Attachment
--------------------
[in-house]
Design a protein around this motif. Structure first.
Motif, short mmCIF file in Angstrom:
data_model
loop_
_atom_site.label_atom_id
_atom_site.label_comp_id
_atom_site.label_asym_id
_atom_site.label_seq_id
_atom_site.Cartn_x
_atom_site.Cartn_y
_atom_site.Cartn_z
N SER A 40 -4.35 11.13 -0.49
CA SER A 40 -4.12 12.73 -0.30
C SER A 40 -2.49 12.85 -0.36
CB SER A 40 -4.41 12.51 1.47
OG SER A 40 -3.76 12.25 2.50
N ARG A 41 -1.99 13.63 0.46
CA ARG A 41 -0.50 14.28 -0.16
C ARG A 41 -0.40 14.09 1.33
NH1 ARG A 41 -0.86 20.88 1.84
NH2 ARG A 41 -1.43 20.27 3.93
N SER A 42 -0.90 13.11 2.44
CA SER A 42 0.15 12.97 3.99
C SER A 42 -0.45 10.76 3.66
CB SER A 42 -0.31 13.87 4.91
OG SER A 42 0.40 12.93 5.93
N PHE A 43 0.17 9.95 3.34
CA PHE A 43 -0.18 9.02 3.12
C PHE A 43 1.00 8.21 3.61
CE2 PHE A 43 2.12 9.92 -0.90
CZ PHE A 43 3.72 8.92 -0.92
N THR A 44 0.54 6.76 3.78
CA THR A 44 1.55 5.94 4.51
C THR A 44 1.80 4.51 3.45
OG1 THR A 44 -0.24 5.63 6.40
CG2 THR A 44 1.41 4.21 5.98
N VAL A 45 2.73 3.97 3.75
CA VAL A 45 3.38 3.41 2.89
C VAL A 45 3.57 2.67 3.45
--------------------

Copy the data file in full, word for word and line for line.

[in-house]
Design a protein around this motif. Structure first.
Motif, short mmCIF file in Angstrom:
data_model
loop_
_atom_site.label_atom_id
_atom_site.label_comp_id
_atom_site.label_asym_id
_atom_site.label_seq_id
_atom_site.Cartn_x
_atom_site.Cartn_y
_atom_site.Cartn_z
N SER A 40 -4.35 11.13 -0.49
CA SER A 40 -4.12 12.73 -0.30
C SER A 40 -2.49 12.85 -0.36
CB SER A 40 -4.41 12.51 1.47
OG SER A 40 -3.76 12.25 2.50
N ARG A 41 -1.99 13.63 0.46
CA ARG A 41 -0.50 14.28 -0.16
C ARG A 41 -0.40 14.09 1.33
NH1 ARG A 41 -0.86 20.88 1.84
NH2 ARG A 41 -1.43 20.27 3.93
N SER A 42 -0.90 13.11 2.44
CA SER A 42 0.15 12.97 3.99
C SER A 42 -0.45 10.76 3.66
CB SER A 42 -0.31 13.87 4.91
OG SER A 42 0.40 12.93 5.93
N PHE A 43 0.17 9.95 3.34
CA PHE A 43 -0.18 9.02 3.12
C PHE A 43 1.00 8.21 3.61
CE2 PHE A 43 2.12 9.92 -0.90
CZ PHE A 43 3.72 8.92 -0.92
N THR A 44 0.54 6.76 3.78
CA THR A 44 1.55 5.94 4.51
C THR A 44 1.80 4.51 3.45
OG1 THR A 44 -0.24 5.63 6.40
CG2 THR A 44 1.41 4.21 5.98
N VAL A 45 2.73 3.97 3.75
CA VAL A 45 3.38 3.41 2.89
C VAL A 45 3.57 2.67 3.45